Chapter 5 - My Peace I Give to You - 2nd Question for Careful (Reading p.65)

Jesus’ declaration of thirst (19:28) may remind the reader of an earlier incident in which Jesus is thirsty (4:7-15) How might the conversation between Jesus and the Samaritan woman shed light on the meaning of Jesus’ death?

Respond below!!!

Comments

  • Kathy KPosted on 3/28/20

    In the story of the Samaritan woman the idea of thirst is that of the woman and all mankind for a living water which will satisfy us spiritually. That is the living water of Jesus - which can only come about through His death on the cross. Jesus thirst at His crucifixion is for the salvation of the souls of those He is dying for - all mankind. So as we are thirsting first our salvation, Jesus is providing it for us as He thirsts for us to accept it.

  • Krystyna WardPosted on 3/25/20

    Jesus conversation with The Samaritan woman indicates that He is the living water which can satisfy our thirst for God. By dying on the cross, Jesus open the gate of eternal life, our way to the Father for all who thirst.

  • Krystyna WardPosted on 3/25/20

    Jesus conversation with The Samaritan woman indicates that He is the living water which can satisfy our thirst for God. By dying on the cross, Jesus open the gate of eternal life, our way to the Father for all who thirst.

  • Margarita FelicianoPosted on 3/25/20

    So moving seeing those google images of the "Sisters of Charity, I thirst crucifix"... Jesus thirsts for all us, for our soul.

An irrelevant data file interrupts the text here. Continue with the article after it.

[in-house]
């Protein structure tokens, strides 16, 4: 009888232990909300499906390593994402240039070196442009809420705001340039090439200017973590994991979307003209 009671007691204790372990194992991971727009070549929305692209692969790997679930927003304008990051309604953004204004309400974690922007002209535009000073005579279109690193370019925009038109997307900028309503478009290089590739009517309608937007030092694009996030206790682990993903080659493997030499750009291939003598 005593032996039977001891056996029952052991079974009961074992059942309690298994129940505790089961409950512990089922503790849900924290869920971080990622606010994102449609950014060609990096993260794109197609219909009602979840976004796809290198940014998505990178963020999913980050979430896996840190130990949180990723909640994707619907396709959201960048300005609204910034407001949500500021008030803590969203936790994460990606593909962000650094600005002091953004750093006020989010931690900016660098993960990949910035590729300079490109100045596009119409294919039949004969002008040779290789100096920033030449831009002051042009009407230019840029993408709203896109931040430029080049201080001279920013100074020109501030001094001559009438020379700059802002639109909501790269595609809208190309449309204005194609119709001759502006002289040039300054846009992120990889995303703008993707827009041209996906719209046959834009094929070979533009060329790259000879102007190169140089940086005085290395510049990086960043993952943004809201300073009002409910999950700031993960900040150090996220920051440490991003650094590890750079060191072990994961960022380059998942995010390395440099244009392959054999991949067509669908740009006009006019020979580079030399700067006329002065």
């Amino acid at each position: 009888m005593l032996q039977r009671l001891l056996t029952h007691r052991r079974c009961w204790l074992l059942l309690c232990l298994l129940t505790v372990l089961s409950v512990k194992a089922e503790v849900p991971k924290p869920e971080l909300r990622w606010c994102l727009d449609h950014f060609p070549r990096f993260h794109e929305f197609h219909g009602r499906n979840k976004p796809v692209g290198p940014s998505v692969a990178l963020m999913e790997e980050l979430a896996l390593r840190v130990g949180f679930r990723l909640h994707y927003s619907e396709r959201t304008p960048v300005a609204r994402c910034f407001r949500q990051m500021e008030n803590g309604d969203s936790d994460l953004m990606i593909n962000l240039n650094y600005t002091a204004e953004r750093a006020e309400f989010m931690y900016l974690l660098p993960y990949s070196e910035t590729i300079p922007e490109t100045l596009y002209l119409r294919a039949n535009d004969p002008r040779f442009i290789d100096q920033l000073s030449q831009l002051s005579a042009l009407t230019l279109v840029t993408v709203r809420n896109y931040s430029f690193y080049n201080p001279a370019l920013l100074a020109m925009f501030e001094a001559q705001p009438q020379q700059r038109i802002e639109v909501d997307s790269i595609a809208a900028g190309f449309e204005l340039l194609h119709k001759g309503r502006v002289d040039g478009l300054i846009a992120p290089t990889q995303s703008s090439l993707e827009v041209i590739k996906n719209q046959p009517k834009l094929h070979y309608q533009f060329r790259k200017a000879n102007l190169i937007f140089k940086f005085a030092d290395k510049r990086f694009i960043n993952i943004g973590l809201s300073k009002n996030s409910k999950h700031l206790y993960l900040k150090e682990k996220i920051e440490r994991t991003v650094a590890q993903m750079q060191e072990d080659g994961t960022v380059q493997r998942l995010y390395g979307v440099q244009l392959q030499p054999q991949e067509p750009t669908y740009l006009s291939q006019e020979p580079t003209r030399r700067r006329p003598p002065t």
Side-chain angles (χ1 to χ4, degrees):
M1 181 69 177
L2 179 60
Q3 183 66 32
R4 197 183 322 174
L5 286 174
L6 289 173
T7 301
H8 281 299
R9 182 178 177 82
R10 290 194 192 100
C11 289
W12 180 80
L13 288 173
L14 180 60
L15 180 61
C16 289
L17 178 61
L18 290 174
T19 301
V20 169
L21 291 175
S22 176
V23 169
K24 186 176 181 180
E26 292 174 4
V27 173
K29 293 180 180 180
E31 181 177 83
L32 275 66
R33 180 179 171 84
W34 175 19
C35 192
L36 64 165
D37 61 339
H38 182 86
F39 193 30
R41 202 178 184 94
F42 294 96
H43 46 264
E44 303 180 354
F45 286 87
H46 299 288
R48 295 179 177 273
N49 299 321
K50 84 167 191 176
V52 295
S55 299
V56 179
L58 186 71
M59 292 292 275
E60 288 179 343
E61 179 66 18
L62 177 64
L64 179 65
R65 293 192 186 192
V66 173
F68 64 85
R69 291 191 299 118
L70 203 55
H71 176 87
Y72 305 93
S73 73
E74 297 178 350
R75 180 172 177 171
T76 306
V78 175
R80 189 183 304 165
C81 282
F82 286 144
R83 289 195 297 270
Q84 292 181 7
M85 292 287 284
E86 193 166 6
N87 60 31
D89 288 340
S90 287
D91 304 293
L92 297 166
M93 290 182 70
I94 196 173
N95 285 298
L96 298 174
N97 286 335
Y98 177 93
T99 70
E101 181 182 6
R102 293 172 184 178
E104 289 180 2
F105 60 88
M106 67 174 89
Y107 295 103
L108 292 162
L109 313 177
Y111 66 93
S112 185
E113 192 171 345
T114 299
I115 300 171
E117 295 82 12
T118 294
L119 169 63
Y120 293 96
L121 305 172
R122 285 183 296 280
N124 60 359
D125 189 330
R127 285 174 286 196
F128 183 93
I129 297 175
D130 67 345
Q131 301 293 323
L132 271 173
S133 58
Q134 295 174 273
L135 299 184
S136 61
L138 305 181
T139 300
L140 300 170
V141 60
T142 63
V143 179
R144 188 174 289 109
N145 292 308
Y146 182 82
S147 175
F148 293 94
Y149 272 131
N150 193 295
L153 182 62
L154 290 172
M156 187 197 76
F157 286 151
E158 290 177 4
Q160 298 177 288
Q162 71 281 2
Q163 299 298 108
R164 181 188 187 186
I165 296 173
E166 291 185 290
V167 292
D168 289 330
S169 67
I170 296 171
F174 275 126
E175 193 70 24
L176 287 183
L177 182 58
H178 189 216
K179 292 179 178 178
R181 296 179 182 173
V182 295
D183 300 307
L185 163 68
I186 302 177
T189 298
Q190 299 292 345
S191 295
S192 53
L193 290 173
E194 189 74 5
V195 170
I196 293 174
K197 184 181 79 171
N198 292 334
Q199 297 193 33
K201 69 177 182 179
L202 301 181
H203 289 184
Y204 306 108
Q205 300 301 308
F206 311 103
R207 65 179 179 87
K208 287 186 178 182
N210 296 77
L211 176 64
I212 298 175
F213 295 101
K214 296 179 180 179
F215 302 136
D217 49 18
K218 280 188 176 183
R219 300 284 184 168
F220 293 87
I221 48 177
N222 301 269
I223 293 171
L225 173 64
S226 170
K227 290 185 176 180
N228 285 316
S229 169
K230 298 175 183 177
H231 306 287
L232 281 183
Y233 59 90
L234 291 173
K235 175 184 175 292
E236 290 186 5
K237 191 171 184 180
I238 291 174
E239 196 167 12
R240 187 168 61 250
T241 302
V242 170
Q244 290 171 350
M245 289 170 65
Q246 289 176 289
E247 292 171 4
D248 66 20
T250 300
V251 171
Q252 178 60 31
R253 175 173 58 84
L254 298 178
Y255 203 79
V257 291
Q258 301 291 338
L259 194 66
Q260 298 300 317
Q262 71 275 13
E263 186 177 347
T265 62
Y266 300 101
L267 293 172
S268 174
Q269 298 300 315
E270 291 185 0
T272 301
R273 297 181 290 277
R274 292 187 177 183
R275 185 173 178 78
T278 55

• Deacon MichaelPosted on 3/24/20

    My sense is that this relationship is kind of a paradoxical one. Here in his “Hour” of Glory, the source of living water himself is thirsty. It is a reminder of the Lord’s human and divine natures. He as the source of living water ‘welling up to eternal life, would be associated with his divine nature. In his human nature as “true man” he was physically thirsty, a common understandable bodily need in this circumstance. The promise of never thirsting again refers to a “spiritual thirsty” meaning that the living water that Jesus offers is what will quench spiritual thirst that arises in the desert of a world that does not know the true “living water”. One of Mother Teresa’s favorite meditations was on the notion of Jesus’ thirst on the Cross. She said that the “thirst” that he calls out for from the Cross is the thirst for human love, the thirst that WE can satisfy for him. In the main chapel of the Sisters of Charity Mother House in Kolkata India there is a large crucifix behind the altar. And near it, under Jesus’ right arm is written on the wall “I Thirst”. It is so in every house chapel where the Sisters have daily mass all around the world. Google images for "sisters of charity I thirst crucifix" to see.

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